Preview Cart Checkout

Become a Member

Join Today!

Willa Cather Foundation - Red Cloud Nebraska (NE)

Receive our Newsletter


49 Minutes of Fame Artist Profile: Johnnie Diacon

49 Minutes of Fame Artist Profile: Johnnie Diacon

Johnnie Diacon creates traditional and contemporary Indigenous art, depicts Muscogee culture in his works.

Tulsa-based artist Johnnie Diacon’s introduction to art began in an unusual setting: an optometrist’s office in Springdale, Arkansas.

When Diacon was in the fourth grade, he says he started to experience vision problems that prompted his father to take him to the eye doctor. While being fitted for glasses, Diacon became enthralled with the optometrist’s collection of traditional flat-style paintings, a 20th-century Native American artistic movement that emphasized shape and contouring.

Diacon says this visit to the eye doctor marked the beginning of his passion for art and design. 

Those flat-style paintings were my first interest in art,” he says. “I loved seeing the old paintings with all the shapes and bright colors.”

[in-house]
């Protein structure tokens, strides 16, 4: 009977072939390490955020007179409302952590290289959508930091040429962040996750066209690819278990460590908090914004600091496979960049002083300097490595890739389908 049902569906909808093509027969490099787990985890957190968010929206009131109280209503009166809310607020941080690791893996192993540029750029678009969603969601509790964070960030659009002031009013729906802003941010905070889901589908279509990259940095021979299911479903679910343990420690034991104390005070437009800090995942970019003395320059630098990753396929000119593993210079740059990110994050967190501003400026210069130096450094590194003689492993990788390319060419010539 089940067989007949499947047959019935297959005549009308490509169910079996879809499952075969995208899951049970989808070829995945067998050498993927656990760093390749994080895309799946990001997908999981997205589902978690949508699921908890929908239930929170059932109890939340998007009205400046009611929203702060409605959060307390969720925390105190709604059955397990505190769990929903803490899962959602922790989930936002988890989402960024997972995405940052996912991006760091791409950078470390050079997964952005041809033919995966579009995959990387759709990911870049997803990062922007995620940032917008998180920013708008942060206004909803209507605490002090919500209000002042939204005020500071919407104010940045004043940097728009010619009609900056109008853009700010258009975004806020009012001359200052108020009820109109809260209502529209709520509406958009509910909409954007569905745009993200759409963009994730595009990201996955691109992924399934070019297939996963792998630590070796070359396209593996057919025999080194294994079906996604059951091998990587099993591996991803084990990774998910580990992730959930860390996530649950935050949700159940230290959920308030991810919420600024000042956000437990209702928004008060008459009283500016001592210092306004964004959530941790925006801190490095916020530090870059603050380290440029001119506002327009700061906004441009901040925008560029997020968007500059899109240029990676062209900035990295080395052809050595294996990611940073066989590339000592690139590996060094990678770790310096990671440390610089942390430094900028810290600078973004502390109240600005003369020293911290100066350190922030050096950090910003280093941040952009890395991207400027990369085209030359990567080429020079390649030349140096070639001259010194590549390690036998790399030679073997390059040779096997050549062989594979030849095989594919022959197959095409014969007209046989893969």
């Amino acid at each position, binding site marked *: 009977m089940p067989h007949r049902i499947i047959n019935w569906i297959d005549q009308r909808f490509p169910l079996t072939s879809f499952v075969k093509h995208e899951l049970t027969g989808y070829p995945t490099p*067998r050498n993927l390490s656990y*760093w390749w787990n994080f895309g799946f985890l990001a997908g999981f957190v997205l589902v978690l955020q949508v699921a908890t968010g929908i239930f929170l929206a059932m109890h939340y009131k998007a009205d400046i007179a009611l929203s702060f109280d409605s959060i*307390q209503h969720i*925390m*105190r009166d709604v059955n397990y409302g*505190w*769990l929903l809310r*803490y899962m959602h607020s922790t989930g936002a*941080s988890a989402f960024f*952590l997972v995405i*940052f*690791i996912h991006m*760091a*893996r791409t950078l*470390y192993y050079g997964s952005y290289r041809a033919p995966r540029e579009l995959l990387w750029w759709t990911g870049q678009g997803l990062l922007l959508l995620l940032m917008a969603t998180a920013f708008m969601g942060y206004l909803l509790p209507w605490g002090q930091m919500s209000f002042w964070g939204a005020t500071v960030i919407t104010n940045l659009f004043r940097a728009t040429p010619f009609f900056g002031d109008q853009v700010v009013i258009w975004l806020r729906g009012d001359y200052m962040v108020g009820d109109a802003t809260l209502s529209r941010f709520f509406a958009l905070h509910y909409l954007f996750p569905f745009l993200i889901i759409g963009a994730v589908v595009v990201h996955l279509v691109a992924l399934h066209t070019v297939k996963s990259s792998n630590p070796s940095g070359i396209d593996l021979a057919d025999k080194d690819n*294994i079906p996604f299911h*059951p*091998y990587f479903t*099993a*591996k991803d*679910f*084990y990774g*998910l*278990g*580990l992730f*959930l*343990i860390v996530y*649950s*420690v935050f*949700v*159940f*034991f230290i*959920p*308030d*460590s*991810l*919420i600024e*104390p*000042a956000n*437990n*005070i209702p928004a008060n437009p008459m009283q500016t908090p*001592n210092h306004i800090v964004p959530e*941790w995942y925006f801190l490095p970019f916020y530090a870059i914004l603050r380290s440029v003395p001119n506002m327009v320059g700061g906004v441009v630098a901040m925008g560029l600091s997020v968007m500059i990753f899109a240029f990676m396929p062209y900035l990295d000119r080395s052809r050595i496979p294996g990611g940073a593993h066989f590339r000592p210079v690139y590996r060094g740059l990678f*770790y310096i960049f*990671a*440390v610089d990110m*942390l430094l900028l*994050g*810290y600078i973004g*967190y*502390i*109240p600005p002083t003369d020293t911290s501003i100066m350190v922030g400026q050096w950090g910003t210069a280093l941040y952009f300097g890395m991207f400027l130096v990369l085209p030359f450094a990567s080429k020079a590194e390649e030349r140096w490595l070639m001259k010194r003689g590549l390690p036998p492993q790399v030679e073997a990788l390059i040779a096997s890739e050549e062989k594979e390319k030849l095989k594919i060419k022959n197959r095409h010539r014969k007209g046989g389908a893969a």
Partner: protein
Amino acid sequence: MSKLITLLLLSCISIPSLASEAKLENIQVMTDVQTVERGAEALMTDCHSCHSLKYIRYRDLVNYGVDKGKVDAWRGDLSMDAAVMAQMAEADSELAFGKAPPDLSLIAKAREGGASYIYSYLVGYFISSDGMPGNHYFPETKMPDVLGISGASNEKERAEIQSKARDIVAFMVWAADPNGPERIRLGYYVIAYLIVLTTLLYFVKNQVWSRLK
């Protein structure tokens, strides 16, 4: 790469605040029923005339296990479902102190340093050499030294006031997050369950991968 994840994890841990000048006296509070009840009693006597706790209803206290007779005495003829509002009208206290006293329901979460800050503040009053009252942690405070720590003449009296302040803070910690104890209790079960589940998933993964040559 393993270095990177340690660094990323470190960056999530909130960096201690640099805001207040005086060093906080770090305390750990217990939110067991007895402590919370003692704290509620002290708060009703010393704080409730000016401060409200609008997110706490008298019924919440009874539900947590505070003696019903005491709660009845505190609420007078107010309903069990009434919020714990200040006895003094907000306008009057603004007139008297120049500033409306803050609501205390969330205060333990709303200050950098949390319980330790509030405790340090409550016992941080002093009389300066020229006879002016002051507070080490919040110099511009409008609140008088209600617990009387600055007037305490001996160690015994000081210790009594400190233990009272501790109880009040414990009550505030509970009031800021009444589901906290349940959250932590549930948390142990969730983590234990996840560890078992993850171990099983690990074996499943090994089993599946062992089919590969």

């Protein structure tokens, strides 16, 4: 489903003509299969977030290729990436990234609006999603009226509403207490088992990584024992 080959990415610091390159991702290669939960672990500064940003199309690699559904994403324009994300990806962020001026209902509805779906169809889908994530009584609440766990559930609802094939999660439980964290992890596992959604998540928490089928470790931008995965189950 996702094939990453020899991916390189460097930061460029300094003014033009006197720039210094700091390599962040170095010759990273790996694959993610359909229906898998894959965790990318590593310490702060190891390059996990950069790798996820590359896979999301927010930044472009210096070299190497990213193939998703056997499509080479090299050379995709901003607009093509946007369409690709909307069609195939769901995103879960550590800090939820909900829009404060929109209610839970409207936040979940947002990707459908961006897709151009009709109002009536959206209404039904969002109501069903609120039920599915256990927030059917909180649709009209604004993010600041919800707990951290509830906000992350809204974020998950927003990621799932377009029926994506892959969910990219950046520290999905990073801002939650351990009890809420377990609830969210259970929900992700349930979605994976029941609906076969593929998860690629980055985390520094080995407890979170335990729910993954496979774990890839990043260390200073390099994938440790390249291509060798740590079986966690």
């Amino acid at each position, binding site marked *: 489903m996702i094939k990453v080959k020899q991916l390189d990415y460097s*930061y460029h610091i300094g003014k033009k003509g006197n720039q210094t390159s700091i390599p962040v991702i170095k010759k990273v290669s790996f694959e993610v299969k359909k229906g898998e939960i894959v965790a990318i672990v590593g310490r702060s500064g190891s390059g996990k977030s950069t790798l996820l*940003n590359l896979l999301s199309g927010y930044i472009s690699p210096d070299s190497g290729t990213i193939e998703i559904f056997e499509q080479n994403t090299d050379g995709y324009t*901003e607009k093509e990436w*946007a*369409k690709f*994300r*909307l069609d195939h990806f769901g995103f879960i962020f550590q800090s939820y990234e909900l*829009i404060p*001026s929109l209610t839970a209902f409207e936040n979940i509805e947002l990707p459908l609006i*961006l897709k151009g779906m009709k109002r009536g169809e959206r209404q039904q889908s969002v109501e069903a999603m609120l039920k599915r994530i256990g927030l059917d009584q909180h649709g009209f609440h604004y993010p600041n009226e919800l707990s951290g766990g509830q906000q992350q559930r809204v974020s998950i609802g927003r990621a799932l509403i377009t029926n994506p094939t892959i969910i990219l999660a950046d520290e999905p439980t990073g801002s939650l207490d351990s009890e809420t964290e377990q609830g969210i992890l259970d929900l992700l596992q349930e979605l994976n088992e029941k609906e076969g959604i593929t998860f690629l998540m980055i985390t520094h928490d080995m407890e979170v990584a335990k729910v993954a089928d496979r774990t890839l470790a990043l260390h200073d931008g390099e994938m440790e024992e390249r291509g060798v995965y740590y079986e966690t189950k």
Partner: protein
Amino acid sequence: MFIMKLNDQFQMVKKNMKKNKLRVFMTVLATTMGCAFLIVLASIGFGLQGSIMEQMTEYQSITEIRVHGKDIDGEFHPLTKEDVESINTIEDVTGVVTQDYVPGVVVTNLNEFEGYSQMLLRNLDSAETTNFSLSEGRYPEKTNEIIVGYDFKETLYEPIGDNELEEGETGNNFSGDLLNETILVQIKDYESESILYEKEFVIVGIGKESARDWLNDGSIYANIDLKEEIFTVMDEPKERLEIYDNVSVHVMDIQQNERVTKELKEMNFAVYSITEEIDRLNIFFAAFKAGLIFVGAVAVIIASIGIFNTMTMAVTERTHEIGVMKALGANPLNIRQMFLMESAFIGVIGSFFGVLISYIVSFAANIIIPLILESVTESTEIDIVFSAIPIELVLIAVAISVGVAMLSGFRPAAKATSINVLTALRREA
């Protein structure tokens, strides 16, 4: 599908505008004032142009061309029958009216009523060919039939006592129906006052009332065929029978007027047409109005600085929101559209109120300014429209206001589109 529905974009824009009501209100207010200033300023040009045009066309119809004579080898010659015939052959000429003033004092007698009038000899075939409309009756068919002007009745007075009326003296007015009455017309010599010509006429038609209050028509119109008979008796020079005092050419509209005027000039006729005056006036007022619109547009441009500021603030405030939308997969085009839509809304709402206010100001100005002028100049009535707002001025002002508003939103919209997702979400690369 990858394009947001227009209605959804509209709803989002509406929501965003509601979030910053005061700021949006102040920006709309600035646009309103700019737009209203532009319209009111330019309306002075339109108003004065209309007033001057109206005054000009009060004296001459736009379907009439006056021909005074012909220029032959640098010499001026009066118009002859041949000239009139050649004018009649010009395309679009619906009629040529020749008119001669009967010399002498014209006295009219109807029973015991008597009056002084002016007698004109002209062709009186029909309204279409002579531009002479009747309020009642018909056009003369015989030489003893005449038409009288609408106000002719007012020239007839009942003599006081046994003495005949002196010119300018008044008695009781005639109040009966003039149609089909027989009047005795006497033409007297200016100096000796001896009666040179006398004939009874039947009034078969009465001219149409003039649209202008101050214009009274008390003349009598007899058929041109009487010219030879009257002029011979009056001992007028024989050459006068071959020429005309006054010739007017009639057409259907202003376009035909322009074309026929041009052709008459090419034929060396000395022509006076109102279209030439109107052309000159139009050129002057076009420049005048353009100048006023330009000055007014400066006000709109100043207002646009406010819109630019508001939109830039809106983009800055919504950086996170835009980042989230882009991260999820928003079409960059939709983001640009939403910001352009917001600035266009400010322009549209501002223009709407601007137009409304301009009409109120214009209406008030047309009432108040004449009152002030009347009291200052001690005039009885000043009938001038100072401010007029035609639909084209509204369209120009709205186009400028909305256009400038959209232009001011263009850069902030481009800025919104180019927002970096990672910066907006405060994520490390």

Humble beginnings

Growing up in the 1960s, Diacon received further artistic exposure from his adoptive father, Delmer Diacon, a Cherokee graphic artist and sign painter. Born to Native parents, Diacon says he developed a dual interest in art and Indigenous culture, which was cemented by his growing fascination with flat-style atwork.

As he came of age, Diacon worked frequently with his father, who was a master at creating hand lettered signs. He says his father wanted him to take over his sign painting business, but due to his perception that hand lettering was “a dying art form,” Diacon chose to focus on other types of art. In high school, he decided he wanted to become an animator, but he didn’t pursue any post-secondary art education opportunities at the time.

“They didn’t prepare you to go to college as a Native American,” Diacon says. “Back then, teachers pushed you to complete your studies and graduate.”